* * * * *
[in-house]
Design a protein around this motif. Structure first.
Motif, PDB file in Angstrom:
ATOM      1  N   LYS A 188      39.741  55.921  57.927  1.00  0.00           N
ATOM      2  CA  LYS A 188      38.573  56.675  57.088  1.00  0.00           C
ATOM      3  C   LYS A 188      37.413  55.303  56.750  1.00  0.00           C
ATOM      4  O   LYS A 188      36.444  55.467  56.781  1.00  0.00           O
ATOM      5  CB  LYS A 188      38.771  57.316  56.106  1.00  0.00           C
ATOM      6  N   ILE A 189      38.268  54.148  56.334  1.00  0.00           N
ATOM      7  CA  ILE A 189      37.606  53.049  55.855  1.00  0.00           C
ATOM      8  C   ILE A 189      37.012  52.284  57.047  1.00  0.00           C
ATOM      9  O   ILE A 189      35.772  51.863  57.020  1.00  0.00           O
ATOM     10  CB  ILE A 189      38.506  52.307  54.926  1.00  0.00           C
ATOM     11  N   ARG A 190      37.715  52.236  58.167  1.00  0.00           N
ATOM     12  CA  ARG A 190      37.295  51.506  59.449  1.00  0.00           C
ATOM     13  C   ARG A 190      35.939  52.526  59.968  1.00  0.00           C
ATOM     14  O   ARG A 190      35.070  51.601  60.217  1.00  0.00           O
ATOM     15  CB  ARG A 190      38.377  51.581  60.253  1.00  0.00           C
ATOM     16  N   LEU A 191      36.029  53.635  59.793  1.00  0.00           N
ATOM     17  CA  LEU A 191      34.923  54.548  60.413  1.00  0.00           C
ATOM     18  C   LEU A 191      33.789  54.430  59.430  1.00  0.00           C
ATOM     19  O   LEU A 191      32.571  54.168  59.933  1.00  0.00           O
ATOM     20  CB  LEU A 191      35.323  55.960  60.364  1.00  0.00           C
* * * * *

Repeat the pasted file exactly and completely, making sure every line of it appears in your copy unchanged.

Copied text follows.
[in-house]
Design a protein around this motif. Structure first.
Motif, PDB file in Angstrom:
ATOM      1  N   LYS A 188      39.741  55.921  57.927  1.00  0.00           N
ATOM      2  CA  LYS A 188      38.573  56.675  57.088  1.00  0.00           C
ATOM      3  C   LYS A 188      37.413  55.303  56.750  1.00  0.00           C
ATOM      4  O   LYS A 188      36.444  55.467  56.781  1.00  0.00           O
ATOM      5  CB  LYS A 188      38.771  57.316  56.106  1.00  0.00           C
ATOM      6  N   ILE A 189      38.268  54.148  56.334  1.00  0.00           N
ATOM      7  CA  ILE A 189      37.606  53.049  55.855  1.00  0.00           C
ATOM      8  C   ILE A 189      37.012  52.284  57.047  1.00  0.00           C
ATOM      9  O   ILE A 189      35.772  51.863  57.020  1.00  0.00           O
ATOM     10  CB  ILE A 189      38.506  52.307  54.926  1.00  0.00           C
ATOM     11  N   ARG A 190      37.715  52.236  58.167  1.00  0.00           N
ATOM     12  CA  ARG A 190      37.295  51.506  59.449  1.00  0.00           C
ATOM     13  C   ARG A 190      35.939  52.526  59.968  1.00  0.00           C
ATOM     14  O   ARG A 190      35.070  51.601  60.217  1.00  0.00           O
ATOM     15  CB  ARG A 190      38.377  51.581  60.253  1.00  0.00           C
ATOM     16  N   LEU A 191      36.029  53.635  59.793  1.00  0.00           N
ATOM     17  CA  LEU A 191      34.923  54.548  60.413  1.00  0.00           C
ATOM     18  C   LEU A 191      33.789  54.430  59.430  1.00  0.00           C
ATOM     19  O   LEU A 191      32.571  54.168  59.933  1.00  0.00           O
ATOM     20  CB  LEU A 191      35.323  55.960  60.364  1.00  0.00           C